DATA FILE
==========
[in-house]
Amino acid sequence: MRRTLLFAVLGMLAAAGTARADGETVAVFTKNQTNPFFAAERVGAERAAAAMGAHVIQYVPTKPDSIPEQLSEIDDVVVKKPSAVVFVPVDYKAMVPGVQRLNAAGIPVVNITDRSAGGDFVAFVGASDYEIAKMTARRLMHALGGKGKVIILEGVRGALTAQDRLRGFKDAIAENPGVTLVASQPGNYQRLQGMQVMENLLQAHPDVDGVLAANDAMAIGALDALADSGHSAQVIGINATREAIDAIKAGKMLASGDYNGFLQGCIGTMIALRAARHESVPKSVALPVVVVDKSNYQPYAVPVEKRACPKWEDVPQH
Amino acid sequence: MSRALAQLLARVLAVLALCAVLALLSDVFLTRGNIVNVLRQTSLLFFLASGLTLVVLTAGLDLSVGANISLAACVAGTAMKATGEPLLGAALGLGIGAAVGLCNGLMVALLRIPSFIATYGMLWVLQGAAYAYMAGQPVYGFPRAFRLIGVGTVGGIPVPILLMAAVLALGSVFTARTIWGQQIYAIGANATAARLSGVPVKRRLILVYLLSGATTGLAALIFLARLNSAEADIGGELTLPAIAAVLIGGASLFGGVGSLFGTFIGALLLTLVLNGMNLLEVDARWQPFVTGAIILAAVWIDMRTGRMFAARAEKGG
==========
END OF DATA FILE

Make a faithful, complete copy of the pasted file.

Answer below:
[in-house]
Amino acid sequence: MRRTLLFAVLGMLAAAGTARADGETVAVFTKNQTNPFFAAERVGAERAAAAMGAHVIQYVPTKPDSIPEQLSEIDDVVVKKPSAVVFVPVDYKAMVPGVQRLNAAGIPVVNITDRSAGGDFVAFVGASDYEIAKMTARRLMHALGGKGKVIILEGVRGALTAQDRLRGFKDAIAENPGVTLVASQPGNYQRLQGMQVMENLLQAHPDVDGVLAANDAMAIGALDALADSGHSAQVIGINATREAIDAIKAGKMLASGDYNGFLQGCIGTMIALRAARHESVPKSVALPVVVVDKSNYQPYAVPVEKRACPKWEDVPQH
Amino acid sequence: MSRALAQLLARVLAVLALCAVLALLSDVFLTRGNIVNVLRQTSLLFFLASGLTLVVLTAGLDLSVGANISLAACVAGTAMKATGEPLLGAALGLGIGAAVGLCNGLMVALLRIPSFIATYGMLWVLQGAAYAYMAGQPVYGFPRAFRLIGVGTVGGIPVPILLMAAVLALGSVFTARTIWGQQIYAIGANATAARLSGVPVKRRLILVYLLSGATTGLAALIFLARLNSAEADIGGELTLPAIAAVLIGGASLFGGVGSLFGTFIGALLLTLVLNGMNLLEVDARWQPFVTGAIILAAVWIDMRTGRMFAARAEKGG